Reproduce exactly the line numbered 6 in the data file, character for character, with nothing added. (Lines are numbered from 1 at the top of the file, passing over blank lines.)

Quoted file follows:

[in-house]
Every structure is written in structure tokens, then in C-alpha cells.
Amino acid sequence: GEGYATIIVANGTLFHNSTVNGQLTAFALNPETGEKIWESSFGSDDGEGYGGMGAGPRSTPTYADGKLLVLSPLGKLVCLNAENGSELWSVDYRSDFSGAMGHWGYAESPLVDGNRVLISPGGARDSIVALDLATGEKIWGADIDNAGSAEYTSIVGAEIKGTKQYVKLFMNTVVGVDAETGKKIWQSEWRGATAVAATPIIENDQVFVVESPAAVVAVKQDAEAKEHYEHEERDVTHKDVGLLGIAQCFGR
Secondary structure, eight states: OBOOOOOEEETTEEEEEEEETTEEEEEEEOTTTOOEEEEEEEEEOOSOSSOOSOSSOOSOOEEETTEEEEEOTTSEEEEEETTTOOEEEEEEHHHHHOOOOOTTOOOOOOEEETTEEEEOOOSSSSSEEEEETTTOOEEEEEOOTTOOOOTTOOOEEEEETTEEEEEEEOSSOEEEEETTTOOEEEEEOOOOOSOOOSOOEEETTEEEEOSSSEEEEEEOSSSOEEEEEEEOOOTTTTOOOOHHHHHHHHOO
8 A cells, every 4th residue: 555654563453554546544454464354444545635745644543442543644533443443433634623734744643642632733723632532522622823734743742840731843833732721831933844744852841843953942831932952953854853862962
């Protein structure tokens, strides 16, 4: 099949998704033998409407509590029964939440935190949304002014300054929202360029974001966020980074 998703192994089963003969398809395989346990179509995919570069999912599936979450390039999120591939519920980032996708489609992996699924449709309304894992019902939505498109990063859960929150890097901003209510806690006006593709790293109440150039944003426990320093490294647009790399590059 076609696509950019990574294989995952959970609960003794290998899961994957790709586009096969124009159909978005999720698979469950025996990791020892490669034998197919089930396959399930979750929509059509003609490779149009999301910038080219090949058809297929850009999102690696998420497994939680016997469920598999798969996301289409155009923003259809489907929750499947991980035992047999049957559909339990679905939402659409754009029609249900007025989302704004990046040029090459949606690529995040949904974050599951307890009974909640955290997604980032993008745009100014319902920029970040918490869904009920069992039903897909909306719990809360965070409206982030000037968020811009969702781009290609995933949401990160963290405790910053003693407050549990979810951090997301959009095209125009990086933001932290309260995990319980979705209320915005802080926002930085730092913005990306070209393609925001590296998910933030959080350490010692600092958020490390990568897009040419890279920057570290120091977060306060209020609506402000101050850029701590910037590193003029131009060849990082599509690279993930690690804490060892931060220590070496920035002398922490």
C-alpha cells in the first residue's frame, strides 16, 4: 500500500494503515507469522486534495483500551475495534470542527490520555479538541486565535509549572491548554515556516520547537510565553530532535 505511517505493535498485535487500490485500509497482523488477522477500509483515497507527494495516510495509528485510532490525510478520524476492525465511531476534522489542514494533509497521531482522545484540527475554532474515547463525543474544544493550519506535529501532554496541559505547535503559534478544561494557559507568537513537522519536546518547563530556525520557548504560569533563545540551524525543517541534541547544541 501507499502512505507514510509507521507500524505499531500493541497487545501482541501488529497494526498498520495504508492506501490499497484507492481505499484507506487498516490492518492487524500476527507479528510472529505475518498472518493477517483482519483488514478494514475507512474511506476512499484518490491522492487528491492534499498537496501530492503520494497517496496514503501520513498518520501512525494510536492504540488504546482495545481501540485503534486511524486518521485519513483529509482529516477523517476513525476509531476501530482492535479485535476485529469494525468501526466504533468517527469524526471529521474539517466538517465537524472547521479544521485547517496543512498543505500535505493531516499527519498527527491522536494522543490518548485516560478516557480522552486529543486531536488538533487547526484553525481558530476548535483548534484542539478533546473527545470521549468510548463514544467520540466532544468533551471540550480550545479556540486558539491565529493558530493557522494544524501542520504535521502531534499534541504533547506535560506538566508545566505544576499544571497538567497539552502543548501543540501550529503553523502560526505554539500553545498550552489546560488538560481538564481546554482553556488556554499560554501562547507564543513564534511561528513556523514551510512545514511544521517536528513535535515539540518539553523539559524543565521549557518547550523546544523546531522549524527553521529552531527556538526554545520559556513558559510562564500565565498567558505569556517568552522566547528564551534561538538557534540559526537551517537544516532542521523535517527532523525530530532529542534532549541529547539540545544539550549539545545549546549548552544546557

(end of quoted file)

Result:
């Protein structure tokens, strides 16, 4: 099949998704033998409407509590029964939440935190949304002014300054929202360029974001966020980074 998703192994089963003969398809395989346990179509995919570069999912599936979450390039999120591939519920980032996708489609992996699924449709309304894992019902939505498109990063859960929150890097901003209510806690006006593709790293109440150039944003426990320093490294647009790399590059 076609696509950019990574294989995952959970609960003794290998899961994957790709586009096969124009159909978005999720698979469950025996990791020892490669034998197919089930396959399930979750929509059509003609490779149009999301910038080219090949058809297929850009999102690696998420497994939680016997469920598999798969996301289409155009923003259809489907929750499947991980035992047999049957559909339990679905939402659409754009029609249900007025989302704004990046040029090459949606690529995040949904974050599951307890009974909640955290997604980032993008745009100014319902920029970040918490869904009920069992039903897909909306719990809360965070409206982030000037968020811009969702781009290609995933949401990160963290405790910053003693407050549990979810951090997301959009095209125009990086933001932290309260995990319980979705209320915005802080926002930085730092913005990306070209393609925001590296998910933030959080350490010692600092958020490390990568897009040419890279920057570290120091977060306060209020609506402000101050850029701590910037590193003029131009060849990082599509690279993930690690804490060892931060220590070496920035002398922490």